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Communist Empire in Eastern Europe in 1989 and 1990

War or the threat of the use of force is the traditional approach to conflict resolution in the conduct of international relations. Robert Gilpin stated that control "over or governance of the international system is a function of three factors" (Gilpin, 1981, p. 28). These three factors are the distribution of power among political coalitions, the hierarchy of prestige among states, and the set of rights and rules that govern or at least influence interactions among international states.

Control through the distribution of power has, throughout history, been characterized by: (1) hegemony or imperialism, in which a single powerful state "dominates the lesser states in the system;" (2) bipolarity, in which "two powerful states control . . . interactions within and between their respective spheres of influence;" and "a balance of power in which three or more states control one another's actions through diplomatic maneuver, shifting alliances, and open conflict" (Gilpin, 1981, p. 29). Robert Keohane, however, contended that claims "for the general validity of the theory of hegemonic stability are often exaggerated. The dominance of a single great power may contribute to order in world politics, in particular circumstances, but it is not a sufficient condition . . . ." (Keohane, 1984, p. 46). Keohane added that hegemony "and cooperation are not alternatives; on the contrary, they are often found in symbiotic relationships with one another" ((p. 46).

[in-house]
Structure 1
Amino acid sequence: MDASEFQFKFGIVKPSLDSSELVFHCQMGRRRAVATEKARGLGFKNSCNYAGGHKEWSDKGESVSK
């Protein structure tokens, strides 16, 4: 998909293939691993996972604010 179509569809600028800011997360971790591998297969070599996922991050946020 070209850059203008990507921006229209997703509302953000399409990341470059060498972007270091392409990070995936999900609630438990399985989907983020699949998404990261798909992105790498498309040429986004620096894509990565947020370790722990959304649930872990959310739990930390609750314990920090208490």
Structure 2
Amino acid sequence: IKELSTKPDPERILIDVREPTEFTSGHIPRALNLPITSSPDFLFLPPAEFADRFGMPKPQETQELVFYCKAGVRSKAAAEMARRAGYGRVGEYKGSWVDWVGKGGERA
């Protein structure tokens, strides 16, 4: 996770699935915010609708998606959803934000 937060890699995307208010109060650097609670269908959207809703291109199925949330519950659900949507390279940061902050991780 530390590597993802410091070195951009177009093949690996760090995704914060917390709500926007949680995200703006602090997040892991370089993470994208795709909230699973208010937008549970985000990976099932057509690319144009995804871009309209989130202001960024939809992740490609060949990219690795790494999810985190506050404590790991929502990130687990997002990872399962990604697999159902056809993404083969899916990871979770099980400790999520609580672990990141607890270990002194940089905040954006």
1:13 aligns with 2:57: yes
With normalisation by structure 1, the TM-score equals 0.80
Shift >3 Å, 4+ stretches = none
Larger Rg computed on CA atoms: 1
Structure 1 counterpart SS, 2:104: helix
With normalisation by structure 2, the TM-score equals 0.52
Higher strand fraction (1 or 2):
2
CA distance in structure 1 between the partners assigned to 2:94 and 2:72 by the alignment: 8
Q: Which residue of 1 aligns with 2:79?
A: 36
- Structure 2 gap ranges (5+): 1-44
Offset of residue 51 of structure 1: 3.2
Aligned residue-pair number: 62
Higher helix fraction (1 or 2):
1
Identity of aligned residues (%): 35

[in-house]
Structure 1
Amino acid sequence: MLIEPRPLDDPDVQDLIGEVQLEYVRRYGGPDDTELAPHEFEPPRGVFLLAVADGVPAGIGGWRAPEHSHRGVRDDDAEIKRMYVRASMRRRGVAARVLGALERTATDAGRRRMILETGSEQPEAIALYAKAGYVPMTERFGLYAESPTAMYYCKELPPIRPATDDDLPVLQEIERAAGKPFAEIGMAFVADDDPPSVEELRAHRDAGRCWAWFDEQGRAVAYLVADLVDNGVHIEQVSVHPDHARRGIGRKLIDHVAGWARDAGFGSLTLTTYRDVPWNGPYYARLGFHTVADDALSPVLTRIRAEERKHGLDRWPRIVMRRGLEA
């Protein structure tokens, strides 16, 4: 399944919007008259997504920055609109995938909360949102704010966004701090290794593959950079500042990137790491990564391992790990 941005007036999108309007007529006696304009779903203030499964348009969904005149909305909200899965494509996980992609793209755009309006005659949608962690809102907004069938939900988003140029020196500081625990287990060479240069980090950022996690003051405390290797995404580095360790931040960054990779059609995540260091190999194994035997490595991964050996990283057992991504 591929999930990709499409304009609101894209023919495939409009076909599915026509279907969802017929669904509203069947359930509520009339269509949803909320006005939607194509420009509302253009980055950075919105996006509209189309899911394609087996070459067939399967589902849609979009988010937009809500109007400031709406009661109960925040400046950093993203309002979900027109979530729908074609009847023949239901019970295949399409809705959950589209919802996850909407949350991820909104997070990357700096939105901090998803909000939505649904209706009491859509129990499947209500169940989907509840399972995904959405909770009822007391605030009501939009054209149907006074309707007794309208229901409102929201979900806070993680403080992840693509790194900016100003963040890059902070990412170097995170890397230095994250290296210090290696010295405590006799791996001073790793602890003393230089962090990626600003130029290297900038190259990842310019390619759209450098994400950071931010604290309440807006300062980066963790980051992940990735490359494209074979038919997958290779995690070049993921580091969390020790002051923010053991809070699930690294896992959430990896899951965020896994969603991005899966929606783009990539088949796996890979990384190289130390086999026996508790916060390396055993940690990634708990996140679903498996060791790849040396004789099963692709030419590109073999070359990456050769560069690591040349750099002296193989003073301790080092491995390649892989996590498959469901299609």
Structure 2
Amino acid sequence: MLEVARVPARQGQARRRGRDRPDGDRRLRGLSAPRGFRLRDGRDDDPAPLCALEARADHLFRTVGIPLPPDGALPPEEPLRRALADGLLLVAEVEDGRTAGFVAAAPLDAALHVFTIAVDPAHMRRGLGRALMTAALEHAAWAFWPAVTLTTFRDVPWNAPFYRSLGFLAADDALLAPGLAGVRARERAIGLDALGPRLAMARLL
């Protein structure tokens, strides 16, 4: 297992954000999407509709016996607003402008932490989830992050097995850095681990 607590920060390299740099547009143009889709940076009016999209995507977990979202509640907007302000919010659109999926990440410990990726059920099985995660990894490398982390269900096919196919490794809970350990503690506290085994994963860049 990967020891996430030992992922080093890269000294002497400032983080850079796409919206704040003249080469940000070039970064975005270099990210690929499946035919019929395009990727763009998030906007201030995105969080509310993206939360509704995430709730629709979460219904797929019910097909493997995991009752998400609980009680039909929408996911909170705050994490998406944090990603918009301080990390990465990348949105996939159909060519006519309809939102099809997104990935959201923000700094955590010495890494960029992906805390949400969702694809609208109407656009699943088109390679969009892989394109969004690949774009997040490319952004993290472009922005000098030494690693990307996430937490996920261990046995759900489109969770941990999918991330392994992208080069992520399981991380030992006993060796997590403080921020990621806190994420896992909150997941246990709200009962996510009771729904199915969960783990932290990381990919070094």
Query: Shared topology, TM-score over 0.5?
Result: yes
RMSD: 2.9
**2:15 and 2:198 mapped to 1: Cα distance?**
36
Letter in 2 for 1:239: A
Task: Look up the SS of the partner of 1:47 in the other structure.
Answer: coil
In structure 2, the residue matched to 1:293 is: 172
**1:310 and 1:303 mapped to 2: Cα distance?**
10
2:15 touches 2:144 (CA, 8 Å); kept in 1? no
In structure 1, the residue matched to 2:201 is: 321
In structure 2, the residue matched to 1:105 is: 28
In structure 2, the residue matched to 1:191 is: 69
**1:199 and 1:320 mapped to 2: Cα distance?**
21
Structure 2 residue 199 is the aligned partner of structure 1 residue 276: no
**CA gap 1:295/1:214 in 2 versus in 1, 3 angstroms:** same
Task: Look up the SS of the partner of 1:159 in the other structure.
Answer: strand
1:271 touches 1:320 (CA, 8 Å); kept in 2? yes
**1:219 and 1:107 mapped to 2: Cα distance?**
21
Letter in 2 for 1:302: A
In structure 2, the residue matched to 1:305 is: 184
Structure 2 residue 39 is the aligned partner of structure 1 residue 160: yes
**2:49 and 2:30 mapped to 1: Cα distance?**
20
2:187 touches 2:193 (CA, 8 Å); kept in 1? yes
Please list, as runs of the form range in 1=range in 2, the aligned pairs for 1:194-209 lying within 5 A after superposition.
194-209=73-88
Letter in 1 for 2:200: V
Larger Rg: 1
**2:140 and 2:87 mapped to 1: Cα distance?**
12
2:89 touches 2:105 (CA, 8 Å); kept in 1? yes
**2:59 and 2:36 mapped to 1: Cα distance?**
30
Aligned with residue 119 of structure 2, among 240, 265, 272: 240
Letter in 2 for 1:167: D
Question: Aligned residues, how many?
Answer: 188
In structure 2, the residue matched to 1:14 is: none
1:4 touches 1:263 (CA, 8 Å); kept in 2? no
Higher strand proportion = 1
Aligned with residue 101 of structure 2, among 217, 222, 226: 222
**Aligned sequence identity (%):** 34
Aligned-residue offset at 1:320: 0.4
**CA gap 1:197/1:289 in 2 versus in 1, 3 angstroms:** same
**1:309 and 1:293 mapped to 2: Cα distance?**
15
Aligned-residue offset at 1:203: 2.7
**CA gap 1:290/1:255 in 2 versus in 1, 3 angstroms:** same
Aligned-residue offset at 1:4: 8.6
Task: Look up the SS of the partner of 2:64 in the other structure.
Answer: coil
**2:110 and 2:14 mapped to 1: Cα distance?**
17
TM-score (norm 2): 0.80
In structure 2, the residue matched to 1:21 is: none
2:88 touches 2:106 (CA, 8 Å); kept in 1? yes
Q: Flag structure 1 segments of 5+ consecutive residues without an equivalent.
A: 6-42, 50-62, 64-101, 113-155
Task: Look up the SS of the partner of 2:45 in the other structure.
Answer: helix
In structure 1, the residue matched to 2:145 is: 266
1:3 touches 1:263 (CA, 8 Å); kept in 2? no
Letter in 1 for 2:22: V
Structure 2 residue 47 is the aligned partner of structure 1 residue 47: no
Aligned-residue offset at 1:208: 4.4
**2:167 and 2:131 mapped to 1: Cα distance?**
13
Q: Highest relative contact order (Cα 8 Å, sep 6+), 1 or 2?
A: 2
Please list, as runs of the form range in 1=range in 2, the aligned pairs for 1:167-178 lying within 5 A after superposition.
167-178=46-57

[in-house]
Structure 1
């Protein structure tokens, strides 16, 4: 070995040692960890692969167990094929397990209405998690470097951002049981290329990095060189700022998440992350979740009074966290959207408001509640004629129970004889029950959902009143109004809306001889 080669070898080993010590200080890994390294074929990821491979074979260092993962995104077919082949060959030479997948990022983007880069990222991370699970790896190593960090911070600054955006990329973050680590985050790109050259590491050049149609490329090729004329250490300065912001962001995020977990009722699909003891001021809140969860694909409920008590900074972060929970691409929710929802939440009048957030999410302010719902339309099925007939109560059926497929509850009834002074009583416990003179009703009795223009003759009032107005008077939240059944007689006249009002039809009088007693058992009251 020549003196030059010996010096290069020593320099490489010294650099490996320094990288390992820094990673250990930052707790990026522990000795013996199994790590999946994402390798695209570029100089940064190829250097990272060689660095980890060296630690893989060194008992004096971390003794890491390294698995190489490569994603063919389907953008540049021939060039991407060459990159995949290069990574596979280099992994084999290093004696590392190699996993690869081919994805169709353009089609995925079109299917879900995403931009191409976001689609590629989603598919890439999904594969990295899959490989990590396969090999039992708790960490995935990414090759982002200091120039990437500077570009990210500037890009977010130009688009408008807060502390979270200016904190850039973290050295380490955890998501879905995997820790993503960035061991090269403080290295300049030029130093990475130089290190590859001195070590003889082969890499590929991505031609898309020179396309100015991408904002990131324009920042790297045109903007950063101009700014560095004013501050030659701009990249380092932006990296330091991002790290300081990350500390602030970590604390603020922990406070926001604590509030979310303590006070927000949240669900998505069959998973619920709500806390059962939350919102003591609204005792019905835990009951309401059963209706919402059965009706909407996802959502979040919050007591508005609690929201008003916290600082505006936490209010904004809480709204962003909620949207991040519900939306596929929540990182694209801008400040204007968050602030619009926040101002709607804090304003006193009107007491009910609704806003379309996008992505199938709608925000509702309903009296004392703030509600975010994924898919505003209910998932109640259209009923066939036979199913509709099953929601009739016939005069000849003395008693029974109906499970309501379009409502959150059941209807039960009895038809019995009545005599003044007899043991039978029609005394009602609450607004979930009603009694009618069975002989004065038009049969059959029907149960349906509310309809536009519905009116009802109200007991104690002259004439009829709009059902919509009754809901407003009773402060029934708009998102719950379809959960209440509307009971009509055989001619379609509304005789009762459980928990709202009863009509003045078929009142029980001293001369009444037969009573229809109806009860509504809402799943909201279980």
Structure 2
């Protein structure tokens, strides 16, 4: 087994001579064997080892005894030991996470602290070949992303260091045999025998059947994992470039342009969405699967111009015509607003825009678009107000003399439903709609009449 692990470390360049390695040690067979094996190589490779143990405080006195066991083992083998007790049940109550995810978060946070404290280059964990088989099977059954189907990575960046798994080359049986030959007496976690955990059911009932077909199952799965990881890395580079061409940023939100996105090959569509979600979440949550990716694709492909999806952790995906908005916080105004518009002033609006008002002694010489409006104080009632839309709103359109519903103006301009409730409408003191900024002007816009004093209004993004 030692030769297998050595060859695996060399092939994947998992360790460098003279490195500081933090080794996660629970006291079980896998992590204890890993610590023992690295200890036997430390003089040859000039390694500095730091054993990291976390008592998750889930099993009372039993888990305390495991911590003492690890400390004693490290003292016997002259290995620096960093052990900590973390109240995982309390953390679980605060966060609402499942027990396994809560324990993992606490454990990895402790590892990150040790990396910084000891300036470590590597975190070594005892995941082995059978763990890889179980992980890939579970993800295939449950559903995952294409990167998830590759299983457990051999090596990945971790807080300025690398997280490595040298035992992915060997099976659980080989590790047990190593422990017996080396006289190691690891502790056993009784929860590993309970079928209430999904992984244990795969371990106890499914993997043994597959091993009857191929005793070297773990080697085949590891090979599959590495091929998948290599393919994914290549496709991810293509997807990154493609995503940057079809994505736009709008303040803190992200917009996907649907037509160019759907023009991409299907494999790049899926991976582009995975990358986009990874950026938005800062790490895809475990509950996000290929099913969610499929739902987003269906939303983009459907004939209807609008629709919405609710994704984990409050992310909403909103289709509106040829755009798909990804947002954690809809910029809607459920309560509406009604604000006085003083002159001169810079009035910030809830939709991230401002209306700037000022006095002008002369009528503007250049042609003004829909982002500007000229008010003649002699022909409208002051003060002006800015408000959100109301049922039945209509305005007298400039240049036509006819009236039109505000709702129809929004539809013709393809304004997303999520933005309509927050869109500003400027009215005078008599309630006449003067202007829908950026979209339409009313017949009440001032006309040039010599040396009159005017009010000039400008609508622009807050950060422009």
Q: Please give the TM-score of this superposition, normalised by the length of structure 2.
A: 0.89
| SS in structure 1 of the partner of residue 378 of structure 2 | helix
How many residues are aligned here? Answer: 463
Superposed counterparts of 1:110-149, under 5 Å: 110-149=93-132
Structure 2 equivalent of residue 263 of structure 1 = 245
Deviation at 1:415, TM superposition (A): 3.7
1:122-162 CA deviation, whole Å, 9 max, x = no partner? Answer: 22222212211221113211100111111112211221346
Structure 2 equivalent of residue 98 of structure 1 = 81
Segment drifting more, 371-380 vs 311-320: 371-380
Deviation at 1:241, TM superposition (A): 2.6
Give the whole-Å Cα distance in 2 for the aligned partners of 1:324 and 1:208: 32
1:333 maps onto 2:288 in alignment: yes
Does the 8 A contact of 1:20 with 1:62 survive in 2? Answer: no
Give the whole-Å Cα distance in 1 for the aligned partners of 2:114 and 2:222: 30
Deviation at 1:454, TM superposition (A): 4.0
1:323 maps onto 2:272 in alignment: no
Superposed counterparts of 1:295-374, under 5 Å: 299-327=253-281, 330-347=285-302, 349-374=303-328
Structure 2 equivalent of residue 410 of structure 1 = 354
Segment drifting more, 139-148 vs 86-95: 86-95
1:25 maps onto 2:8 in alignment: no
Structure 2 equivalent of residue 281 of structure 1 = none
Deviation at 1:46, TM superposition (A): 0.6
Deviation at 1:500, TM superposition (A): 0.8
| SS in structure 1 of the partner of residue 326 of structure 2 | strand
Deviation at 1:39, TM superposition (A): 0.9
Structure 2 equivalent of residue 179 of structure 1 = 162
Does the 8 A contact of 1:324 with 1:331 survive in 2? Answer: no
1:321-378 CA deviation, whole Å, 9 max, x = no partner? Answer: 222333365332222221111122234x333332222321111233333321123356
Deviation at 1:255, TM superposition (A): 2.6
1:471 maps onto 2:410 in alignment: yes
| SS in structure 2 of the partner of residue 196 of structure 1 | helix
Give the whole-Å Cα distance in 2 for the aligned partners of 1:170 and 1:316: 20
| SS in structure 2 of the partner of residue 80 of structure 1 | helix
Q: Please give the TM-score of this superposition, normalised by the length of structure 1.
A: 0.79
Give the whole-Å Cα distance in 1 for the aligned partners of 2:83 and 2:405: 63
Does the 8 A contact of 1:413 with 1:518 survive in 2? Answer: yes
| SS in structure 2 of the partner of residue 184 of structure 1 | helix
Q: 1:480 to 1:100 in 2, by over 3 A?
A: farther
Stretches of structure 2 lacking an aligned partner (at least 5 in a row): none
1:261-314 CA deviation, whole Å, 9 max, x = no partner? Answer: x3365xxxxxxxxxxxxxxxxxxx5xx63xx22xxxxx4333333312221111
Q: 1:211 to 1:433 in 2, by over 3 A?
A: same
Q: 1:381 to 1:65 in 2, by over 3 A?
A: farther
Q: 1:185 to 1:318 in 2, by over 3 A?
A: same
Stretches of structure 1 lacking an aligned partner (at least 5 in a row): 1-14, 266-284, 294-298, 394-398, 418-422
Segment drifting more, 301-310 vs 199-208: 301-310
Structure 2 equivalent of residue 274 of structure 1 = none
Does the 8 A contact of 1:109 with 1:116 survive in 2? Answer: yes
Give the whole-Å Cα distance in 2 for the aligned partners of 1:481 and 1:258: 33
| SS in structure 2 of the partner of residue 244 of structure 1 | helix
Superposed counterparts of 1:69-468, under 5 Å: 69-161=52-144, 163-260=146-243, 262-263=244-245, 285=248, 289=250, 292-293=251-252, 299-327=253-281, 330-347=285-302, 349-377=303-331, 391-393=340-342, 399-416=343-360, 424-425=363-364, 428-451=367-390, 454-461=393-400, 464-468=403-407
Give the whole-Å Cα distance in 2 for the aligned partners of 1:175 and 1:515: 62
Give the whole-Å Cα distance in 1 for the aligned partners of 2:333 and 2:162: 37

With respect to the hierarchy of prestige among states, Gilpin stated that, ultimately, it "rests on economic and military power. Prestige is the reputation for power, and military power in particular . . . prestige refers primarily to the perceptions of other states with respect to a state's capacities and its ability and willingness to exercise its power . . Prestige, rather than power, is the everyday currency of international relations . . ." (gilpin, 1981, pp. 30-31). By c...

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